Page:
As APMEX, one of the distributors for the new series, notes: “On October 31, All Hallows Eve, the children make a children’s altar to invite the angelitos (spirits of dead children) to come back for a visit. November 1 is All Saints Day, and the adult spirits will come to visit. November 2 is All Souls Day, when families go to the cemetery to decorate the graves and tombs of their relatives. The three-day fiesta is filled with marigolds, the flowers of the dead; muertos (the bread of the dead); sugar skulls; cardboard skeletons; tissue paper decorations; fruit and nuts; incense and other traditional foods and decorations.”

    These silver rounds will have a maximum mintage of 10,000 pieces, but the final mintage could be lower depending on sales. Each is packaged in a protective capsule.

    Mr. Tully said: “My DDLM series came about through inspiration from my interest in collecting Mexican coinage. I've always thought the sugar skull designs were attractive and decided to try my hands at my first bullion piece. I decided to stay true to the Mexican coinage heritage by including an obverse with the eagle, snake and cactus. I chose a 2-oz, 47mm spec to provide me a sizable canvas to showcase both the high relief and the design. The proof-like background on the reverse skull was used to show the depth of the sugar skull and bring out the lettering Dia De Los Muertos. APMEX and The Coin Shoppe are the first to pick up this series. I hope the collector community enjoys this series.”

    He also noted that the second issue is already in the works.

    Ymir, the Frost Giant

    In addition, Choice has also launched the third coin in the 3-ounce, antique-finish Legends of Asgard silver coin series that pays tribute to Nordic gods: a coin depicting Ymir, the Frost Giant, struck with the company’s “max relief minting” that achieves amazing depth in ultra-high relief striking.

    Mr. Tully explained: “The godlike giant Ymir serves as the foundation of Norse mythology’s creation story. Born from the drops of melting ice, Ymir was the first of the Norse giants and produced other giants from his sweat. It was said that Ymir became evil, so the Aesir gods Odin, Vili and Vé killed him. They used his deceased body to form the world. His blood became the oceans, his skull the sky, his skin the soil, his hair the trees and his bones the hills, according to legend.”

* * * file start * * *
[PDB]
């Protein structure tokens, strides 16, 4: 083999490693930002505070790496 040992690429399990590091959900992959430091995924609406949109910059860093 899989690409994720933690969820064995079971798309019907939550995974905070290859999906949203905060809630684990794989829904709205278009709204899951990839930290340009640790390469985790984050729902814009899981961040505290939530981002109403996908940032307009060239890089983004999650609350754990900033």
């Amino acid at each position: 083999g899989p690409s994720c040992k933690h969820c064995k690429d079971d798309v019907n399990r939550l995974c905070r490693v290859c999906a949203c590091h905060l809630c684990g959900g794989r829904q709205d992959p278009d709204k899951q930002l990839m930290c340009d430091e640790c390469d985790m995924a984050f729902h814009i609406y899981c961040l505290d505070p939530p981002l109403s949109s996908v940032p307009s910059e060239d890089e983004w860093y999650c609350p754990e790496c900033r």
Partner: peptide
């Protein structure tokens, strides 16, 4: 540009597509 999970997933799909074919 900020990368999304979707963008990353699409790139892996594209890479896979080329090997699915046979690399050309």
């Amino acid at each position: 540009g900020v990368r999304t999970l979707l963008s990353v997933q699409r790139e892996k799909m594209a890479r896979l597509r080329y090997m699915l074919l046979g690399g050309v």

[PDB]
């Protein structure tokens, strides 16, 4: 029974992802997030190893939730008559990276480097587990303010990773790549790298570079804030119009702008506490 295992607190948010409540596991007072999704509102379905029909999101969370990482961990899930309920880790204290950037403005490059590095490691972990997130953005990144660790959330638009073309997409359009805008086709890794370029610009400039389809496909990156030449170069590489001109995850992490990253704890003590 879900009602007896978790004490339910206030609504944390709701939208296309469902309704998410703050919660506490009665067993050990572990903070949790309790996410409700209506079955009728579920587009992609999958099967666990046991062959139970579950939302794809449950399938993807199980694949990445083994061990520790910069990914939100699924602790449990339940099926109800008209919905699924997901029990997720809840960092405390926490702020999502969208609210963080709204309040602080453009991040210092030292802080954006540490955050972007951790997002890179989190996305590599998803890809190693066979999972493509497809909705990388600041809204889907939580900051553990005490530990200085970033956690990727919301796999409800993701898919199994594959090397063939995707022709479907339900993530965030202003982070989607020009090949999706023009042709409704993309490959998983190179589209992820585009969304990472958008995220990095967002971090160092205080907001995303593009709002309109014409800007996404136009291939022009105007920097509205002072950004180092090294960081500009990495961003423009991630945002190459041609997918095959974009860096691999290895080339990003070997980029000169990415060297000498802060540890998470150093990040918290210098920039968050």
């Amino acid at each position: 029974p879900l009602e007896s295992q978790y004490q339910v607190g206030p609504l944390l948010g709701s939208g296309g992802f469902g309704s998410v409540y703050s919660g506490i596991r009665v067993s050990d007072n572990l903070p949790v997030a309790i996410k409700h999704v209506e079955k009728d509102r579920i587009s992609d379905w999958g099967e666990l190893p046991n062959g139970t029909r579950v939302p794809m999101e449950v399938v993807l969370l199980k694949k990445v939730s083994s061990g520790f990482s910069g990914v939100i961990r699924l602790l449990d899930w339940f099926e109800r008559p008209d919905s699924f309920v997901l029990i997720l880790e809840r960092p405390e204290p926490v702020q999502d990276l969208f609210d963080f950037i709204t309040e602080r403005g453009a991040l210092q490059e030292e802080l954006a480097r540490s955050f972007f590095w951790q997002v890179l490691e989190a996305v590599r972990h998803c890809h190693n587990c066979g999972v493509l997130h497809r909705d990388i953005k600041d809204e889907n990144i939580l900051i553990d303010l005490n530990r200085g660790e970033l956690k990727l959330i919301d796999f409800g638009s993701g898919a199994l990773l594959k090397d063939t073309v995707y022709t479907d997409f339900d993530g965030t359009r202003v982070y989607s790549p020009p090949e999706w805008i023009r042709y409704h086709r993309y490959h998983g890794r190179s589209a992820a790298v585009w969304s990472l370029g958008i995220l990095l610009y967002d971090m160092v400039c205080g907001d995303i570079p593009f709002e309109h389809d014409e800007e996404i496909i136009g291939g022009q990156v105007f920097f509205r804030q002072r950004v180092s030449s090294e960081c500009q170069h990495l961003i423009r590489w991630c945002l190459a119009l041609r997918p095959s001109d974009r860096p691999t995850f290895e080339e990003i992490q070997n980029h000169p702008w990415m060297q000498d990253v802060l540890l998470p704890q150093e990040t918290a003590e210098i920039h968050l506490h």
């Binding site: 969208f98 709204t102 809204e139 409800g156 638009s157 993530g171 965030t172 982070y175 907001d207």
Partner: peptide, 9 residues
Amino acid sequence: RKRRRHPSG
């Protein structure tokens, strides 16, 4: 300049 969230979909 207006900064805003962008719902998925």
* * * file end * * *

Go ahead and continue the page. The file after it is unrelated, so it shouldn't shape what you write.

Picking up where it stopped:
The reverse of this coin features a menacing Ymir emerging from ice while brandishing an intimidating ax and sword, while the obverse features her royal majesty, Queen Elizabeth II. The outer perimeter of the obverse features a knot pattern that is typically found in Norse designs.

    The edge of the coin is smooth. A number matching that on the individual coin’s Certificate of Authenticity is laser-etched onto the side.

    In the 12-coin Legends of Asgard collection, each coin comes housed inside of a custom-designed wood presentation case. No more than 1,500 of each coin in the series will be released. Each coin in the series is legal tender from the country of Tokelau.

    Choice provides a dealer locator on its website and those who are interested in coins with specific numbers and matching certificates will soon be able to see which dealers have which numbers for this piece on the site.

    Mr. Tully also noted regarding the evolution of the artwork and the production of the coin: “When you compare the coin to the final image you’ll see how using lasers to make my dies are well worth every penny. All the details down to the small skulls I placed on Ymir’s belt were captured. I hope you enjoy the coin as much as I enjoyed making it.

    “I will add, I had to make 3 sets of tooling to get the final coin I was happy with. So, this by far was the most costly coin Choice Mint has ever made. Only the best for my collectors. That’s what building a brand is all about. In fact, out of the first batch of 1,000 DDLM coins I rejected and re-minted more than 350. I refuse to put out a substandard product even if it costs me. I won’t sacrifice quality at the altar of profits and I won’t pump out 50,000+ pieces in the name of greed.”

    The fourth Asgard release and third Camelot issue are currently in the works.

    Art on commemoratives matters too

    October 13, 2017 4:36 PM by

    In his editorial in the October 16 issue of Coin World, editor Bill Gibbs argued, as I have in several articles over the years, that it is time to end the practice of adding surcharges to the cost of U.S. commemorative coins.